prove he enlisted with it??
Dina - Nature Babe!, Mar 3, 2008, 5:07pm EST

It is unforgivable that a single veteran be without ANYTHING they
need to help them rebuild the families and their lives when they
return from active service -- in a war zone or anywhere else. I'm not
one of those gung-ho types!! I've protested my share of wars. But
I have never held one ill feeling or harbored an ounce of ill will for
those who serve to protect my right to do so!THIS should be one of
the major presidential platform issues. For any who may think these
are exceptions, or that this contention is inaccurate, it's not. One of
our oldest friends served in the military and was exposed to a
chemical agent that ultimately caused his 80% disability. It was
some agent that was supposed to incapacitate the enemy. It took
him 10 years to receive a permanent disability status. By the way
-- he is 51 years old right now - the same age as I am - our
birthdays are only 1 day apart.
Mary M., Mar 3, 2008, 5:45pm EST

First they have to go to war without needed protection and now
they have to fight again, perhaps for the rest of their lives for the
treatment they need. I remember the poor Vietnam vets coming
back unable to live in a house and yet, no treatment. This has
always been bad, but under this administration it's become the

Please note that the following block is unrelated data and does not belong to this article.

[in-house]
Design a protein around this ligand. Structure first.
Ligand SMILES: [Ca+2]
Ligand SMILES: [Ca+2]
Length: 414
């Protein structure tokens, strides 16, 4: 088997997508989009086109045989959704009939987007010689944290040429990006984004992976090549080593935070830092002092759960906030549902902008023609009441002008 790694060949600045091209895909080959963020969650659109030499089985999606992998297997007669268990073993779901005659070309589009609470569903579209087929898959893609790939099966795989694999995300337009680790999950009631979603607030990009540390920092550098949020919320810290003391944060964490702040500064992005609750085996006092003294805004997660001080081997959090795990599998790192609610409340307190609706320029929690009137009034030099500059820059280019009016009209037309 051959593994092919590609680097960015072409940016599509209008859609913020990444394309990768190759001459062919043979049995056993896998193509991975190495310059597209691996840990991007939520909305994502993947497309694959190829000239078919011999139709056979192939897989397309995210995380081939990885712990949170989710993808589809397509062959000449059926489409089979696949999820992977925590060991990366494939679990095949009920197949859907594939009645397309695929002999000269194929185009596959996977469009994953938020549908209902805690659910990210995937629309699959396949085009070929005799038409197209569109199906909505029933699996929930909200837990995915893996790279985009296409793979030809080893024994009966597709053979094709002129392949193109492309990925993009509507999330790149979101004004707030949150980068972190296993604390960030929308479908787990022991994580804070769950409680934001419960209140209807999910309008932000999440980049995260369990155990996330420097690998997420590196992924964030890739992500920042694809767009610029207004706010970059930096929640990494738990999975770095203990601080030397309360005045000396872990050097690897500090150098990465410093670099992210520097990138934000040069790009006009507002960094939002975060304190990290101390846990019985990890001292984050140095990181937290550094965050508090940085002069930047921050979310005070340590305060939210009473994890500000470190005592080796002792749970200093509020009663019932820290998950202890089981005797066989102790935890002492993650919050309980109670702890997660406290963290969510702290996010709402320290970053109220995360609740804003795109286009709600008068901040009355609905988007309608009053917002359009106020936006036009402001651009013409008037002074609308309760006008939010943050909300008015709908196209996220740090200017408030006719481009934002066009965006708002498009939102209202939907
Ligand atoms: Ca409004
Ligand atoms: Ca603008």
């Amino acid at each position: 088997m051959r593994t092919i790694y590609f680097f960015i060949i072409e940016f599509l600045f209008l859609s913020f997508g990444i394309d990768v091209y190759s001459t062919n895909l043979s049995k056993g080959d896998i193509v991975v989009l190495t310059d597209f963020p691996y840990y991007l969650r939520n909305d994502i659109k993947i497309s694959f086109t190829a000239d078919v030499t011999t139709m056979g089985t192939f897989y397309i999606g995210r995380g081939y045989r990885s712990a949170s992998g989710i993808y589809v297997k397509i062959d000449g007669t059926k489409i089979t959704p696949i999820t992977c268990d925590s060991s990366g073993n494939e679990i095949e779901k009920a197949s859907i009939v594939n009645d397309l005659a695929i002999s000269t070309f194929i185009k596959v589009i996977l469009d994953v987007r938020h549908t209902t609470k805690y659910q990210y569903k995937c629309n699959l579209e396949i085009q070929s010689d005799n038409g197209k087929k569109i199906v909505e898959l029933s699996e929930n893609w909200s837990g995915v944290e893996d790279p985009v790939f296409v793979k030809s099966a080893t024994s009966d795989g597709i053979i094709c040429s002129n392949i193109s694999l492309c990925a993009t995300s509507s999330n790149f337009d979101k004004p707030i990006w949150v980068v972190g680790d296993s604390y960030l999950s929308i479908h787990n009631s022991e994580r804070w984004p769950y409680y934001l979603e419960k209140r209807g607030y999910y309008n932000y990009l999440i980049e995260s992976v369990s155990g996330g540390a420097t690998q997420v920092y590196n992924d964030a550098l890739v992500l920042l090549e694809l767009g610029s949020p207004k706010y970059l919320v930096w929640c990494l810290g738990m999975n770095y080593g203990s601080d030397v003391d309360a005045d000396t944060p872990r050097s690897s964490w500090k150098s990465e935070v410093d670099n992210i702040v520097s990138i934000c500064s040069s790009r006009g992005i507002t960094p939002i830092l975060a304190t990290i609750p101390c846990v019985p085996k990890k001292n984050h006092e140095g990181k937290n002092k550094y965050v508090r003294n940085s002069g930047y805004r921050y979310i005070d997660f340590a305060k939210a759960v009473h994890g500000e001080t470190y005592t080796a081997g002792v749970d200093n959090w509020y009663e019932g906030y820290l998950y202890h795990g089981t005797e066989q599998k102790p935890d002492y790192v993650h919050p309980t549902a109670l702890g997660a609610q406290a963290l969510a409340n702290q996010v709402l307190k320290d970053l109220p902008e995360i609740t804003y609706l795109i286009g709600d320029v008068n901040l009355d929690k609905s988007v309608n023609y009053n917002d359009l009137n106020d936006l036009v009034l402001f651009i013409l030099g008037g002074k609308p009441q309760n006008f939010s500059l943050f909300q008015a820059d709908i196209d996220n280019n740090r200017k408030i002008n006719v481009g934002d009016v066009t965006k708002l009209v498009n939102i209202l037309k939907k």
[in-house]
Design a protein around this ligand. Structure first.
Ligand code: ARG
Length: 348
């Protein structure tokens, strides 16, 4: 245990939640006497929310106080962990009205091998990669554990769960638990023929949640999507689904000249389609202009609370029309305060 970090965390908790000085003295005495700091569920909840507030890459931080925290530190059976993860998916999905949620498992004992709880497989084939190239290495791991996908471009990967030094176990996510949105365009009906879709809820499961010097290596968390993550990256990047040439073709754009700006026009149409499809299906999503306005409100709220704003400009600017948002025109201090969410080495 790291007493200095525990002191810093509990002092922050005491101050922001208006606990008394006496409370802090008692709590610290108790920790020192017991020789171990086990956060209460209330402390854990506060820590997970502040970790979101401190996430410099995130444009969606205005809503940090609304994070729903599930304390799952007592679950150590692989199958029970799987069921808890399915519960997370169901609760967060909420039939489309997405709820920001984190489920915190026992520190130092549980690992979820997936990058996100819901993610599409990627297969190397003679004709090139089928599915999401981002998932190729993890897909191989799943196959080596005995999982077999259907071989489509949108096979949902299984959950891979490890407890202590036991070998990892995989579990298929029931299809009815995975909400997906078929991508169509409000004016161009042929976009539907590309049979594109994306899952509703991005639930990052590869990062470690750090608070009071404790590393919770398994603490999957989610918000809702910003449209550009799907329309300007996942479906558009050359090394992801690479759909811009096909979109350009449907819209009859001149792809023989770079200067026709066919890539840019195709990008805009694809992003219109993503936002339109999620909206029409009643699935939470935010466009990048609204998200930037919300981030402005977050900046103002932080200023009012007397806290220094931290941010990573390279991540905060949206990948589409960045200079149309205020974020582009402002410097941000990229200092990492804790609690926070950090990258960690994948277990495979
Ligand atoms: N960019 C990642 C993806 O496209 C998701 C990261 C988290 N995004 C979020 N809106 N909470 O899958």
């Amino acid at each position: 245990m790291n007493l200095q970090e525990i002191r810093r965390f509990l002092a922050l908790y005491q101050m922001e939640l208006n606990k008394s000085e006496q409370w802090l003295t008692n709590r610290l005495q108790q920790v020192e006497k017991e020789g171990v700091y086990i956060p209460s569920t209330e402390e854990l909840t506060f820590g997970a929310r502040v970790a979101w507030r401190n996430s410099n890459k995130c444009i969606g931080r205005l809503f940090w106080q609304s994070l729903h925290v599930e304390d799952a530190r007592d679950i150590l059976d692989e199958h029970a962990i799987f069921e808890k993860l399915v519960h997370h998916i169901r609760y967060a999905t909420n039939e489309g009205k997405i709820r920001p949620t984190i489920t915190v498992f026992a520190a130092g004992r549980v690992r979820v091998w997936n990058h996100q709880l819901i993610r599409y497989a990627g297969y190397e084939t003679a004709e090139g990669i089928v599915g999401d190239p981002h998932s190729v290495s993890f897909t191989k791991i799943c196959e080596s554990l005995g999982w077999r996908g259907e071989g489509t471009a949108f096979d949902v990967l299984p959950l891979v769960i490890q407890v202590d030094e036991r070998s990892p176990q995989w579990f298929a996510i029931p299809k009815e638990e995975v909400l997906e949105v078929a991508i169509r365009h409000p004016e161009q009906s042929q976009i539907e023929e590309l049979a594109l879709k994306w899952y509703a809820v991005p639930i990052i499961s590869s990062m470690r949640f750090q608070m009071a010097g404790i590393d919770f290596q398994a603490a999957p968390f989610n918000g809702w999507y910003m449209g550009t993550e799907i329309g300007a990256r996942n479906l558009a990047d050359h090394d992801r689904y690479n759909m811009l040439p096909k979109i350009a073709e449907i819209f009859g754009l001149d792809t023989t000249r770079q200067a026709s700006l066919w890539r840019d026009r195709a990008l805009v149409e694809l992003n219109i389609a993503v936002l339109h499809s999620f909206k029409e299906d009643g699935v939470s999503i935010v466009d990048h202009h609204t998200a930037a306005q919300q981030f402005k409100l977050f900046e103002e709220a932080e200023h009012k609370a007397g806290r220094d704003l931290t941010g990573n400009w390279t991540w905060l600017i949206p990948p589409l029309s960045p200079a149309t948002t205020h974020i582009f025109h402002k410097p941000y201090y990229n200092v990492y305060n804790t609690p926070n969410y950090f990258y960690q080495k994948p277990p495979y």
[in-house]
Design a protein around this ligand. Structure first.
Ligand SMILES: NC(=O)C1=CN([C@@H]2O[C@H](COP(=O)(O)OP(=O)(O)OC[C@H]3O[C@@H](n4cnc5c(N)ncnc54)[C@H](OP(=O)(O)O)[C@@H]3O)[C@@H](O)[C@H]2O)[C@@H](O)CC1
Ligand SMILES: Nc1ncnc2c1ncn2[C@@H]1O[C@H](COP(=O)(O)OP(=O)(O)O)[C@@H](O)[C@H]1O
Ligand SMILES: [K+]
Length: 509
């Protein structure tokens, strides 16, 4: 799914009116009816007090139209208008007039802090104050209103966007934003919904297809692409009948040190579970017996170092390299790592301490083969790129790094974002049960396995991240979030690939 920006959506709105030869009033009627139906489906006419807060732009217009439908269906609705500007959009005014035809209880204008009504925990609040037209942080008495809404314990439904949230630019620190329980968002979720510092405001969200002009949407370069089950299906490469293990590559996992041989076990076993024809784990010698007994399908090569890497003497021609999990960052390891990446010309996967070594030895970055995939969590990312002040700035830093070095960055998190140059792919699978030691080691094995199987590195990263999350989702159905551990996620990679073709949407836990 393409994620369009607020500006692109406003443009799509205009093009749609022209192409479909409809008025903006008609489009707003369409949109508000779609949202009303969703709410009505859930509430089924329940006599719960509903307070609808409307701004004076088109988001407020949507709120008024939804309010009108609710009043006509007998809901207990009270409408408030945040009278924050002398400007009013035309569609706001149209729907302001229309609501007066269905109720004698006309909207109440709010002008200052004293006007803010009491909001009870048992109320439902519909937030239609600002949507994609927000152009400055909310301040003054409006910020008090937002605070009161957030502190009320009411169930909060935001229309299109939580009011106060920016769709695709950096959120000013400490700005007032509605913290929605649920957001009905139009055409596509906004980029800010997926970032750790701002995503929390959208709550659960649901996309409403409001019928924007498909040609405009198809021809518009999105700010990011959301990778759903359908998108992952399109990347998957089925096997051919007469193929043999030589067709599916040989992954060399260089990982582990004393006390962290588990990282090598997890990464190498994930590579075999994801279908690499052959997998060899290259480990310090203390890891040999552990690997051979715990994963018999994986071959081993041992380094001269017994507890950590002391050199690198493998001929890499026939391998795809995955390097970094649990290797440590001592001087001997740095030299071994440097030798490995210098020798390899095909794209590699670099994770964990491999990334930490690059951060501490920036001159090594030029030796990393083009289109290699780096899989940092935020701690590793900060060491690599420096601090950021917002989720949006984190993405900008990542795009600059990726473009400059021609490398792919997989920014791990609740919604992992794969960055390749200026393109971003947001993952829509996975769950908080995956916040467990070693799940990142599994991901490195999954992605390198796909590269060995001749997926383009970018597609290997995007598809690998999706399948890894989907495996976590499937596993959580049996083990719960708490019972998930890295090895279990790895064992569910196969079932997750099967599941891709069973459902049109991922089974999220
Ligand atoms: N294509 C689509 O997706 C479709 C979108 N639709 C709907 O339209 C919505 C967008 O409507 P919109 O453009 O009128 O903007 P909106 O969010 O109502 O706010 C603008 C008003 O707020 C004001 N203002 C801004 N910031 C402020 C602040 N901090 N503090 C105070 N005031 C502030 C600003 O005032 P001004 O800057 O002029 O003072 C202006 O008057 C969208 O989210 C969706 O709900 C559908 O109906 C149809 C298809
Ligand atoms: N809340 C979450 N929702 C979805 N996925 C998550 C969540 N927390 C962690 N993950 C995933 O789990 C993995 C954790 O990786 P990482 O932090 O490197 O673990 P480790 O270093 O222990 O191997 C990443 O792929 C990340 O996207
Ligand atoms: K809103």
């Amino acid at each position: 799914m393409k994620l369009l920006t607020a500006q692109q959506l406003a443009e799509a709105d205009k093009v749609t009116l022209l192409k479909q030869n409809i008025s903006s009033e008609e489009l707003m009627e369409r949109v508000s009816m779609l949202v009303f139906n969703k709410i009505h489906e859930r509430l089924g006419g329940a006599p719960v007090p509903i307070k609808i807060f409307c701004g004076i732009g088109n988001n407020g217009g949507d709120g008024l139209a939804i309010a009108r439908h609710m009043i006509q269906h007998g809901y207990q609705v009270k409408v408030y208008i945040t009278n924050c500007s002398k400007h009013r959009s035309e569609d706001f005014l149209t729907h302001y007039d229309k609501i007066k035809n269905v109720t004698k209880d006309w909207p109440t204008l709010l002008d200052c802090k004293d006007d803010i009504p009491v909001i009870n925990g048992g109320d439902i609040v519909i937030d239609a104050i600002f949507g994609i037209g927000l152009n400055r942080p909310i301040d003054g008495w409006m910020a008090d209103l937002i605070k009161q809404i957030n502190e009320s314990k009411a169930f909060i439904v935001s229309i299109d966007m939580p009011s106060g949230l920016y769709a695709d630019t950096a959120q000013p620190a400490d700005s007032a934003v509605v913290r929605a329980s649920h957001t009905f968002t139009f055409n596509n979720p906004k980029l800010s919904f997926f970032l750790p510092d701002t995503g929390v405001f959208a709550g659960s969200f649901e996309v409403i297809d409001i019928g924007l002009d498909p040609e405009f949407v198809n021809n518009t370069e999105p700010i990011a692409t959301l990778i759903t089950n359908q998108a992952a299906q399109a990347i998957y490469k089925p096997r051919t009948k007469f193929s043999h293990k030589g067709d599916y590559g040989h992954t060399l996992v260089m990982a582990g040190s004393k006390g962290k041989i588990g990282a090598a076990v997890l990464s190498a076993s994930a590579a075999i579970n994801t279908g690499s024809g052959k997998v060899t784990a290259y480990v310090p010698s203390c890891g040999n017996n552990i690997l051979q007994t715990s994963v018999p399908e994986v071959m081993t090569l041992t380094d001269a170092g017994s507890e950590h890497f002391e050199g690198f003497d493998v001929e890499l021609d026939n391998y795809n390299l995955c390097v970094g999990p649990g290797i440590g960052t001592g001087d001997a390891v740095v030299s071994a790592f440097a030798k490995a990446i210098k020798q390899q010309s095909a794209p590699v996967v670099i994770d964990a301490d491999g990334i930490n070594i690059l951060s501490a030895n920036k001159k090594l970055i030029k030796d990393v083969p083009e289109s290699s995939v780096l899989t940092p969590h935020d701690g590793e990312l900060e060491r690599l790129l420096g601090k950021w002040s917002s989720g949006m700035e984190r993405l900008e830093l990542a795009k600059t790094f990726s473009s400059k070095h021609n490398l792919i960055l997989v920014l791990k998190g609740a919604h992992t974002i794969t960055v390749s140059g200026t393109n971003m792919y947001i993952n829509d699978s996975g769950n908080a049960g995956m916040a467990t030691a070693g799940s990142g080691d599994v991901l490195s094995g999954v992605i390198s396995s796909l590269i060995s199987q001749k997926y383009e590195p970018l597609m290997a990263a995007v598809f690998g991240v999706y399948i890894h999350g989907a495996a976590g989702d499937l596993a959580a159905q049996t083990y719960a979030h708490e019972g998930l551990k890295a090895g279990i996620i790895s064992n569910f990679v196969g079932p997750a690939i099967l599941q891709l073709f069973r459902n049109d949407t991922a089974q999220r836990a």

worst I've seen.I, too, do not support pre-emptive wars but I
certainly support those who give their own comfort and their
well-being to carry out their orders around the world. They
deserve so much more.The long tours of duty, short R & R and
lack of equipment is shameful. To those who have lost families,
and those who are struggling with emotional damage; I'm so very
sorry that your country has not responded to you in kind for your
service. I write letters, sign petitions, post rants and vote to
support you. It's the least we can do for your service to us.
Sandy F., Mar 3, 2008, 6:48pm EST

Please remember that increasing Co-Payments for Prescriptions
is just another "Back Door" TAX on Veterans so the administration
can keep cutting taxes for the obscenely wealthy who feel no
obligation to pay for ANYTHING! These kinds of reports make me
physically ill, and increase my loathing for this administration
(as if it could get any worse)!
Spartan *, Mar 3, 2008, 9:24pm EST

I am a part of the brain injury community. It is hard for vets to find
the programs they need to rebuild cognitive skills. Sadly, this is also
true for the rest of us who are not near a research hospital or
university that works with brain injured people.Because these guys
have some special needs there are only a few vet centers that have
trained staff to work them. It seems to me it would be easy enough
to develop programs along the lines of those at Coastline Community
College's ABI Program or the Reiker Institute in New York.
Anita Dehghani, Mar 4, 2008, 12:06am EST

Hopefully whomever is elected will overturn this travesty in 1/09.
Its a crying' shame.
donna f., Mar 4, 2008, 8:40am EST